Because probate, trust and estate litigation is often quite complex and expensive (e.g, breach of trust, trustee removal, trust contests), many estate planning and drafting attorneys have included provisions to try to avoid or expedite these problems if a dispute arises down the road. An increasingly common way they combat this is by including mandatory arbitration and mediation provisions requiring that certain disputes be submitted to these forums. There is a Missouri statute stating that these types of provisions are enforceable:
456.2-205. Enforceability of mediation or arbitration provisions. — 1. Subject to the exception in subsection 2 of this section, a provision in a trust instrument requiring the mediation or arbitration of disputes between or among the beneficiaries, a fiduciary, a person granted nonfiduciary powers under the trust instrument, or any combination of such persons is enforceable.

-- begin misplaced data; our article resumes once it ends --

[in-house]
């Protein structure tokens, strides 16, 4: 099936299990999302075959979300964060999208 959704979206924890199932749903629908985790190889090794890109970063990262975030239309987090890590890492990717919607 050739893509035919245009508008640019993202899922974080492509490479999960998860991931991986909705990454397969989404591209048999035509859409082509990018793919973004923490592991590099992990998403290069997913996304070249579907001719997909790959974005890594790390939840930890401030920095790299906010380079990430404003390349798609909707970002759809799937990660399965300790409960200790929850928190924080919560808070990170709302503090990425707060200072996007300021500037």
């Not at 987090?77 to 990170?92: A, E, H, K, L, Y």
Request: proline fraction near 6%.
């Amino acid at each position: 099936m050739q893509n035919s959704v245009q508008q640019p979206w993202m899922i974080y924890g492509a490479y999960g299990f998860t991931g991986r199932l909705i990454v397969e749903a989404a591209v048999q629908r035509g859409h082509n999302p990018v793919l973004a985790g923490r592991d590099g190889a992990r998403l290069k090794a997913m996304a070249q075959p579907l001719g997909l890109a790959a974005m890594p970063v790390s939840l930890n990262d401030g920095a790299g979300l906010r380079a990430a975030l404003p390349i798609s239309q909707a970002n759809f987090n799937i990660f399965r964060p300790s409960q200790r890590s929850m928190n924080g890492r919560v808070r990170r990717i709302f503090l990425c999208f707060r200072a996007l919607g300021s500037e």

2. A provision in a trust instrument requiring the mediation or arbitration of disputes relating to the validity of a trust is not enforceable unless all interested persons with regard to the dispute consent to the mediation or arbitration of the dispute.
To date, there does not appear to be any Missouri cases interpreting/finding whether this statute is enforceable because it in effect deprives individuals of their right to file a lawsuit in court if they are not a signer to the trust. In other situations, arbitration agreements typically need to be signed and agreed upon to be enforceable against that party; accordingly, the validity and legality of this statute would seem to be dubious. Subject to a court decision finding this to be the case, though, this statute is the law in Missouri. And, as such, it is important to speak with legal counsel to determine whether an arbitration or mediation provision in a trust exists and whether it would be helpful or detrimental to invoke it.
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